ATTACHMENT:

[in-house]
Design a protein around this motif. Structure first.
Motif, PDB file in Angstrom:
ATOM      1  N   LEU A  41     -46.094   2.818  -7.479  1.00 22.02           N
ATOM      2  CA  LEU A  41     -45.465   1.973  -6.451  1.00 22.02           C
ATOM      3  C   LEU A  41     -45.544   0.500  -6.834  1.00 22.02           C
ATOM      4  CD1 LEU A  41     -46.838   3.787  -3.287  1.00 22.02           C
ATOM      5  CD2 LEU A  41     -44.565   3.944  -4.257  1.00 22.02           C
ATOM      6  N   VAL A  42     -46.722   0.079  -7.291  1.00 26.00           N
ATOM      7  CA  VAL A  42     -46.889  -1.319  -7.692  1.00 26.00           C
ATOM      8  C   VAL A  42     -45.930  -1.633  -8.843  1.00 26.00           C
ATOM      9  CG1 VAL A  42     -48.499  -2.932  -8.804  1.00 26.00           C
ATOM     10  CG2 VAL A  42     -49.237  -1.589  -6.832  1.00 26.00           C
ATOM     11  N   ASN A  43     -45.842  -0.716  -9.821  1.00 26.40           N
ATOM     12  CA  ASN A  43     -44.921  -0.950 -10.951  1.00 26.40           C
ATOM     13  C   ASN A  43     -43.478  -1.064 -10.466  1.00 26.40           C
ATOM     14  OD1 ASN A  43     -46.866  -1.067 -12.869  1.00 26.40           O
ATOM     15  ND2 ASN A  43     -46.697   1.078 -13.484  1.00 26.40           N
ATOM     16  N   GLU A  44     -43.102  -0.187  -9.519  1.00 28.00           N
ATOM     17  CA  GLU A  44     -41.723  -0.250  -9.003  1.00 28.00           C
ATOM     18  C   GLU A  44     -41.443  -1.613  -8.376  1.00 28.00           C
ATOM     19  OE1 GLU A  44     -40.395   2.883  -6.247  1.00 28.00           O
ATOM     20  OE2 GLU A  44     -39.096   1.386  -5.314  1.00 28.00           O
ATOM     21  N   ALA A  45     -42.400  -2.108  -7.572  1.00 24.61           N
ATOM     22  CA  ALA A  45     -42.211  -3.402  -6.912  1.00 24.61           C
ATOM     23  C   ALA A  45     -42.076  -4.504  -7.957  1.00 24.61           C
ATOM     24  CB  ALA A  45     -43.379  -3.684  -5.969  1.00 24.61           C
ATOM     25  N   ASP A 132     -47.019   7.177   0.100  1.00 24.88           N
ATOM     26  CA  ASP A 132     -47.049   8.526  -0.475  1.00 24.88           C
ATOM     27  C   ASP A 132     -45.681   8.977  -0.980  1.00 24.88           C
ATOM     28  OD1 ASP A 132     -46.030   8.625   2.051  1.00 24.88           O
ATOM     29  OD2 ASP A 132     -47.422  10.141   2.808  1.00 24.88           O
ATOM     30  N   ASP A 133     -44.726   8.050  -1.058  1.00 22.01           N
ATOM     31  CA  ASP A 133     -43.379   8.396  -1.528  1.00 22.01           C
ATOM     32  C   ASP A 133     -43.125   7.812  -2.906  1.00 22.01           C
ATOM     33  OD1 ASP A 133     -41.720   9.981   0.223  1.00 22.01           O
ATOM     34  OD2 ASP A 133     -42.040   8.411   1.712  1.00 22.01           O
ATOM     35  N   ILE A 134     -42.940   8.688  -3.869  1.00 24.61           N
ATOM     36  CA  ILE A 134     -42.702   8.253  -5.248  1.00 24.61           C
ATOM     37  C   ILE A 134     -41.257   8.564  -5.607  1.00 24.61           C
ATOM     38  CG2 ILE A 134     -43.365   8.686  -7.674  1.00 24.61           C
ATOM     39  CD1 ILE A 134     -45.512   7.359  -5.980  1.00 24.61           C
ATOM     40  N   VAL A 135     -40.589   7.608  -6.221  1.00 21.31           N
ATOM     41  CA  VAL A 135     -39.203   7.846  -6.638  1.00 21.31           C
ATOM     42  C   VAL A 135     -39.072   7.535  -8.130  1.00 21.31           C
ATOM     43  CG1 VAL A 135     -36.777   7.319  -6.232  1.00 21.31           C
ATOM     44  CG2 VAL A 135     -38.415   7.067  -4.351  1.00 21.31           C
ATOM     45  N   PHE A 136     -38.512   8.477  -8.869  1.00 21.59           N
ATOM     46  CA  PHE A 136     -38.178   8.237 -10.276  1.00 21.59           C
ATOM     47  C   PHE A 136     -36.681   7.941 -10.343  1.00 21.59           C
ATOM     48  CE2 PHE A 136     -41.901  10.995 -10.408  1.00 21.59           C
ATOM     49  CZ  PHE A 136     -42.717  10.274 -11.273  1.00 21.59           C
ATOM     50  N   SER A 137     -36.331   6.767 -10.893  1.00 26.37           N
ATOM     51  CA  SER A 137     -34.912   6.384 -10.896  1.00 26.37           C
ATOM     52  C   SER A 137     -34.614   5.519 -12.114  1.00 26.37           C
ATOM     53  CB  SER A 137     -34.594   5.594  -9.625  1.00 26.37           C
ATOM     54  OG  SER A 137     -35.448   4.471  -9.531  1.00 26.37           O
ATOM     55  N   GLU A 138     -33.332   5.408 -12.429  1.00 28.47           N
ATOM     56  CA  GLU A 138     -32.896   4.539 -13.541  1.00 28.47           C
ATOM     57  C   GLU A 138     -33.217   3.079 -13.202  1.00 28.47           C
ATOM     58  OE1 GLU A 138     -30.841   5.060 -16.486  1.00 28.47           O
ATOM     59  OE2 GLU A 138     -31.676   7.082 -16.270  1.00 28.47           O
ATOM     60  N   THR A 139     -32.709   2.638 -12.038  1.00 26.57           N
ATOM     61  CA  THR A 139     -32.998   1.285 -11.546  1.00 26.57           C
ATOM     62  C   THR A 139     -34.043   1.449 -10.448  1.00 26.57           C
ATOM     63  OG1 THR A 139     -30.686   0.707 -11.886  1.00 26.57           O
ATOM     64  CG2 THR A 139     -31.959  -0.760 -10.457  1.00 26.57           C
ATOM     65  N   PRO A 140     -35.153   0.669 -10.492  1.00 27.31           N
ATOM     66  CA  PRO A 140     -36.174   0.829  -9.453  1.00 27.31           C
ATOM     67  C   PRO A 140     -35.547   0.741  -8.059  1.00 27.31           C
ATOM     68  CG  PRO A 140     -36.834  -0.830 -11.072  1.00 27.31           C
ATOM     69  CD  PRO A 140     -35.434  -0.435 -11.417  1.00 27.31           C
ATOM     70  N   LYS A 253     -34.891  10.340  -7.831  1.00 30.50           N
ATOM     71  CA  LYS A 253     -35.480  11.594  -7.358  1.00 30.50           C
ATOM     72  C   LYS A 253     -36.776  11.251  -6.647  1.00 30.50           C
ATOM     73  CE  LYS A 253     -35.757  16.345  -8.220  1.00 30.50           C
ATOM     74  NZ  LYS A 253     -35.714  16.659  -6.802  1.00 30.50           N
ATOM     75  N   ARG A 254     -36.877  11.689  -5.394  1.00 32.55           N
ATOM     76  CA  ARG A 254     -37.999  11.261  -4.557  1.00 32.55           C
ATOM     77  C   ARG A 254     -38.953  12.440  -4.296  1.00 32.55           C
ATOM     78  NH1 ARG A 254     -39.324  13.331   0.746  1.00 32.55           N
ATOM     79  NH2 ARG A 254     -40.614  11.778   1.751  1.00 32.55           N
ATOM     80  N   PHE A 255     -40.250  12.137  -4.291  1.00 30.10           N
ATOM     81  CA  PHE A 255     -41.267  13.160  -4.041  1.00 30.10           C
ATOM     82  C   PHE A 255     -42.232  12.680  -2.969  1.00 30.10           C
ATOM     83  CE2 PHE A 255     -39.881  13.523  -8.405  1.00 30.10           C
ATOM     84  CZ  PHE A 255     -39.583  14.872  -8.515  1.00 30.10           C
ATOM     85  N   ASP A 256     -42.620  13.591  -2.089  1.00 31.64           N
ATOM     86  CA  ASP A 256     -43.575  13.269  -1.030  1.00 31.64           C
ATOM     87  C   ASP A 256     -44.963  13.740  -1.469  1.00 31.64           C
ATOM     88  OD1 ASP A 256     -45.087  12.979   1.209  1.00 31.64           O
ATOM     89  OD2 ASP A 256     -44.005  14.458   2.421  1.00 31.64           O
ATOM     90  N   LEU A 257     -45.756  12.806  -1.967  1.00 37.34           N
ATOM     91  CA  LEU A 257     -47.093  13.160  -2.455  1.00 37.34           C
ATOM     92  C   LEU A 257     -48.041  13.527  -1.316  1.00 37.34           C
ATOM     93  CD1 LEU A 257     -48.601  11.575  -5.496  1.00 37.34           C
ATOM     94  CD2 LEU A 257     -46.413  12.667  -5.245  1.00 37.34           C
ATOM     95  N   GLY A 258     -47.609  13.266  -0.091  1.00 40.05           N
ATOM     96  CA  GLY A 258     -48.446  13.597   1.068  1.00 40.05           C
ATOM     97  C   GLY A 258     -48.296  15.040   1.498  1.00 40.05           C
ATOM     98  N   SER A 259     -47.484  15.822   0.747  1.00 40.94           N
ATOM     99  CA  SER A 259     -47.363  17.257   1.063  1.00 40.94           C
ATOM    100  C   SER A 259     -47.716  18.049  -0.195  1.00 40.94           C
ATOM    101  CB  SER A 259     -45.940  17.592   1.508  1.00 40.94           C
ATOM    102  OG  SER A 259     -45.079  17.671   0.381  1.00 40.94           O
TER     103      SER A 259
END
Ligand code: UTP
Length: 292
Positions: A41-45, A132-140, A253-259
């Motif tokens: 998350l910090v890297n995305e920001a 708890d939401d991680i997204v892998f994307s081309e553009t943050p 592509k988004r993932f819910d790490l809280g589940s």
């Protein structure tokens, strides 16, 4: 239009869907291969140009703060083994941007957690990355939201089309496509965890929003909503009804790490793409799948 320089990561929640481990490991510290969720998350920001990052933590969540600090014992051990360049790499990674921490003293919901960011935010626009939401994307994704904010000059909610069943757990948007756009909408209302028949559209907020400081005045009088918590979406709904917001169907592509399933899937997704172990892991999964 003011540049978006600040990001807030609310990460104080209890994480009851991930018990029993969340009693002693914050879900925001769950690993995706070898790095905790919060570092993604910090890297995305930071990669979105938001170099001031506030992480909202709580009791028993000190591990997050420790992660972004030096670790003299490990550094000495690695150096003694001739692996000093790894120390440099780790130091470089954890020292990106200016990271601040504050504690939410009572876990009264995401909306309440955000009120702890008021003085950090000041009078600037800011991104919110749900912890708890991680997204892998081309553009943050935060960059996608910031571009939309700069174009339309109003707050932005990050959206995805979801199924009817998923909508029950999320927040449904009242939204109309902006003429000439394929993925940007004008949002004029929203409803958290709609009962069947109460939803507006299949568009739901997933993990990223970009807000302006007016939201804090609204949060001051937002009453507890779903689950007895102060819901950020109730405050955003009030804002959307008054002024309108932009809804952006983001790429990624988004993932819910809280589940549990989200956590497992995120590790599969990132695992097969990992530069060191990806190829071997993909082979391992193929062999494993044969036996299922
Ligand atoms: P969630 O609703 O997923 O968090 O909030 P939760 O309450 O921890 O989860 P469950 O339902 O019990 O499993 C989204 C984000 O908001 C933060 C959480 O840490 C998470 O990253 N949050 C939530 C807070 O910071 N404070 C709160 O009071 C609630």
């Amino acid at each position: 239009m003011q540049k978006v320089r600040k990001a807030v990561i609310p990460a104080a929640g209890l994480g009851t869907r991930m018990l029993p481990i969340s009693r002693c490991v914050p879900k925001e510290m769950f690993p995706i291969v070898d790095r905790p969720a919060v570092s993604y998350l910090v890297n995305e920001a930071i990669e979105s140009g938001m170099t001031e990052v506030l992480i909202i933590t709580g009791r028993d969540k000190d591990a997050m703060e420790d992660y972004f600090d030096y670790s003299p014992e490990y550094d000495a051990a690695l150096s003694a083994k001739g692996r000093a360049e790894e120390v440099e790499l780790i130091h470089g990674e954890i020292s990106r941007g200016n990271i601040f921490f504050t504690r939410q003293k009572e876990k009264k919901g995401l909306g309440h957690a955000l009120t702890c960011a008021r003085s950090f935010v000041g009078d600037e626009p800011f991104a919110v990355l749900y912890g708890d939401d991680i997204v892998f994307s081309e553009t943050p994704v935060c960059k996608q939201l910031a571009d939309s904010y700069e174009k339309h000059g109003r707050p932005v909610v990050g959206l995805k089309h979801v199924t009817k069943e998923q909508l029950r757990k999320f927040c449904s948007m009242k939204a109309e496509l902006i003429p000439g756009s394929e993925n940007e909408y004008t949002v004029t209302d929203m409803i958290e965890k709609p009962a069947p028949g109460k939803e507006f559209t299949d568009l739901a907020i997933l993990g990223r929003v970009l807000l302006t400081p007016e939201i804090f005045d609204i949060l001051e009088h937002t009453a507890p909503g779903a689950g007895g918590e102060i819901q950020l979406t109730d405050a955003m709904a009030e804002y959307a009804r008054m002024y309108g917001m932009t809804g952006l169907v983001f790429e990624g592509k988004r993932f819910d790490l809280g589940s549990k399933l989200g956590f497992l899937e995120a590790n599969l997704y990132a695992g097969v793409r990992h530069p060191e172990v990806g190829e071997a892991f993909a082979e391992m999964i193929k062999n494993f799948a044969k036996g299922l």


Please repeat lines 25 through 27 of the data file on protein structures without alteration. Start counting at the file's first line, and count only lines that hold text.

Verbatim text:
ATOM     22  CA  ALA A  45     -42.211  -3.402  -6.912  1.00 24.61           C
ATOM     23  C   ALA A  45     -42.076  -4.504  -7.957  1.00 24.61           C
ATOM     24  CB  ALA A  45     -43.379  -3.684  -5.969  1.00 24.61           C